Rep. Joe Heck (R-NV) “is getting closer to a bid for Harry Reid’s U.S. Senate seat, a development that could effectively clear the primary field and make the race very competitive,” according to Ralston Reports.
“In a Republican Party hoping to woo Hispanic voters in 2016, few can claim the résumé of Gov. Brian Sandoval. He is the state’s first Latino governor and the national GOP’s ideal candidate to run for the U.S. Senate seat Harry Reid plans to vacate that year,” the Wall Street Journal reports.
“But Mr. Sandoval has upended GOP politics, declining to say whether he’ll run for the Senate and pushing for the largest tax increase in Nevada history. His tax-increase proposal has divided GOP state legislators here during a biennial session.”
“Frankly, one newspaper here in Nevada kept beating up on me and I said, ‘I’m not going to let the bastards beat me,’ and so I decided to run a last time.”
— Sen. Harry Reid (D-NV), in a CNN interview, saying he considered quitting politics seven years ago but decided to stay to spite a newspaper that was pushing for him to leave.
Senate Minority Leader Harry Reid’s (D-NV) retirement “is triggering a free-for-all for his seat — with big implications for control of the Senate in 2016,” The Hill reports.
“Senate Republicans see Nevada as their best chance at a pickup this election cycle, and whether Democrats can hold Reid’s seat in the swing state will go a long way in determining which party controls the Senate after next cycle.”
The Las Vegas Sun notes Reid “came right out with a favorite: Catherine Cortez Masto, former Nevada attorney general and executive vice chancellor of the Nevada System of Higher Education.”
“In a surprise announcement this morning, Sen. Harry Reid (D-NV) said he won’t be running for what would be his sixth term in the United States Senate,” the Las Vegas Sun reports.
“In a video to supporters, the Nevada Democrat and Senate minority leader listed several reasons for his decision to end his three-decade career in Congress.”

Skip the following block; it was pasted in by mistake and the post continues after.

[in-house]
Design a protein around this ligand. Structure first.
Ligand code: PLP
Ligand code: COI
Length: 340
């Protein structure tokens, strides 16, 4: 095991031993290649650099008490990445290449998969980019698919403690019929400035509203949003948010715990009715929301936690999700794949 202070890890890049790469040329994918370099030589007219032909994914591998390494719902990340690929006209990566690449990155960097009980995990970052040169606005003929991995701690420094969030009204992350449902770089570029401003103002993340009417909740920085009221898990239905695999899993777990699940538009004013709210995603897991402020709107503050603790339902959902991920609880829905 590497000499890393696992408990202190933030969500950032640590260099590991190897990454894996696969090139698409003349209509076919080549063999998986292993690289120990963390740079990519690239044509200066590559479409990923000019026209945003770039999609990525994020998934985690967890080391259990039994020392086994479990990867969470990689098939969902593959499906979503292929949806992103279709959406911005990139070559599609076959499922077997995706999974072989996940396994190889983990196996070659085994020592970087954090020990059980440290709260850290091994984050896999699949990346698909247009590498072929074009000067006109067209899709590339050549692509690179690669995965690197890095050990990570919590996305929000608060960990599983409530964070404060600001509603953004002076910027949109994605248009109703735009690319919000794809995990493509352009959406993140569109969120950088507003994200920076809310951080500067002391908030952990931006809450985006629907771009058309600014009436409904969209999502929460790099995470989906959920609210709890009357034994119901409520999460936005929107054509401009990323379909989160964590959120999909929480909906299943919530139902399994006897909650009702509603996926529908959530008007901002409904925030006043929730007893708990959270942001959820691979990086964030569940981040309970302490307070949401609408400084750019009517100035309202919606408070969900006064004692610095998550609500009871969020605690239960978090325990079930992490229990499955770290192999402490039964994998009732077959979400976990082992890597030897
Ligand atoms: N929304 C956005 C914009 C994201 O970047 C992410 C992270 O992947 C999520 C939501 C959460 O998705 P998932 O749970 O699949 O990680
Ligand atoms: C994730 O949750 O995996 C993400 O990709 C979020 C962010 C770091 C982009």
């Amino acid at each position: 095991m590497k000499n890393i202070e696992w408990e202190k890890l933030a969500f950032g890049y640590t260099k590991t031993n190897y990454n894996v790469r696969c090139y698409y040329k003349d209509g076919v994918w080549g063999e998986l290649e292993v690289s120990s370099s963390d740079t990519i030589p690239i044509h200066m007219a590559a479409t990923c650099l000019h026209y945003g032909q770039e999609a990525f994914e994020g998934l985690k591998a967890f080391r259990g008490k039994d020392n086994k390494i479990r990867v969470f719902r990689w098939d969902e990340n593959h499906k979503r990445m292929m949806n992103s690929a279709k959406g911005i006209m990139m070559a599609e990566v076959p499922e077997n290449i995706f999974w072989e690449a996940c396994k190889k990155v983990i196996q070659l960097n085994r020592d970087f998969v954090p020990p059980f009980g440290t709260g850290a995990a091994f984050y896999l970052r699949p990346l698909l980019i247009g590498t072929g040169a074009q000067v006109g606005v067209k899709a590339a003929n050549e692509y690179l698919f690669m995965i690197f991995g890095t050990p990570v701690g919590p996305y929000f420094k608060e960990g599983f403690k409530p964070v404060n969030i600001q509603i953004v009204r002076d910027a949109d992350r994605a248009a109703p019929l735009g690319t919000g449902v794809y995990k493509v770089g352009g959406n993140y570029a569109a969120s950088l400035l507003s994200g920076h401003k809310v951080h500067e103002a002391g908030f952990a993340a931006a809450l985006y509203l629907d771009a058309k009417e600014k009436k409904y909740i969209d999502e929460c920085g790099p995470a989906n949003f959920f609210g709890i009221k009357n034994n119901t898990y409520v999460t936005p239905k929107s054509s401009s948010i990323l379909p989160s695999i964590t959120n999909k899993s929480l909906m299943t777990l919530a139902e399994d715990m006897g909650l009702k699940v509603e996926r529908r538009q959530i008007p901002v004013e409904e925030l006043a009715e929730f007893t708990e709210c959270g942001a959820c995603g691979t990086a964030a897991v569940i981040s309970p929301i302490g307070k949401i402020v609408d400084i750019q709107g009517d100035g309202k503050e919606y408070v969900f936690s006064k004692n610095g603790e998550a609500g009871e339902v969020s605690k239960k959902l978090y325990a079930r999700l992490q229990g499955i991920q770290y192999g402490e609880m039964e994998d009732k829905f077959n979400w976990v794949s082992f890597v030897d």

First Read: “And this has two immediate consequences: One, it most likely hands the Democratic reins over to heir-apparent Chuck Schumer. And two, it creates what could be one of the most competitive Senate contests in the country. Given that it’s a presidential year, that probably helps the Democrats, slightly.”
Sen. Harry Reid (D-NV) “summoned dozens of staffers to the Senate’s Mansfield Room Tuesday and delivered a clear message: He’s running for reelection next year,” Politico reports.
“The comments are in part aimed at putting to rest growing speculation inside the Senate that the 75-year-old Nevada Democrat — badly hurt from a painful injury to his right eye — would call it quits after nearly three decades in the chamber. The Senate minority leader faces what could be a difficult reelection race next year, plus his would-be successors are ready to run the Democratic Caucus the moment he calls it quits.”
Former Nevada Lt. Gov. Brian Krolicki (R) “left office earlier this month, closing the door on a career that leaves him the only person in Nevada history who has been termed-out of two elected jobs in state government,” the Reno Gazette Journal reports.
“Krolicki says his political career may not be over. He would consider running for the U.S. Senate in 2016 or perhaps for governor in 2018, if that was in the best interests of the Nevada Republican Party.”
Geoffrey Skelley: “Reid has won five straight elections for Senate, starting in 1986. His average share of the vote in those contests was 52.1%. If we compare Reid to other senators who won at least five consecutive contests (including special elections), his mark is the lowest average percentage won by any qualifying senator. Reid also had the lowest median percentage (50.3%).”
“Remarkably, Reid has only won more than 51.0% of the vote once, cruising to victory with 61.1% in 2004. Otherwise, his percentages have been very low for a winner — 50.0% in 1986, 51.0% in 1992, 47.9% in 1998, and 50.3% in 2010.”
Sen. Harry Reid (D-NV) “is turning on his fundraising machine as he prepares to run — possibly — for a sixth term in the Senate,” Politico reports.
“While rumors have circulated for months that the Nevada Democrat may not run for reelection next year, the top Republican 2016 target has scheduled a handful of fundraising events in an effort to put up a big first-quarter cash haul.”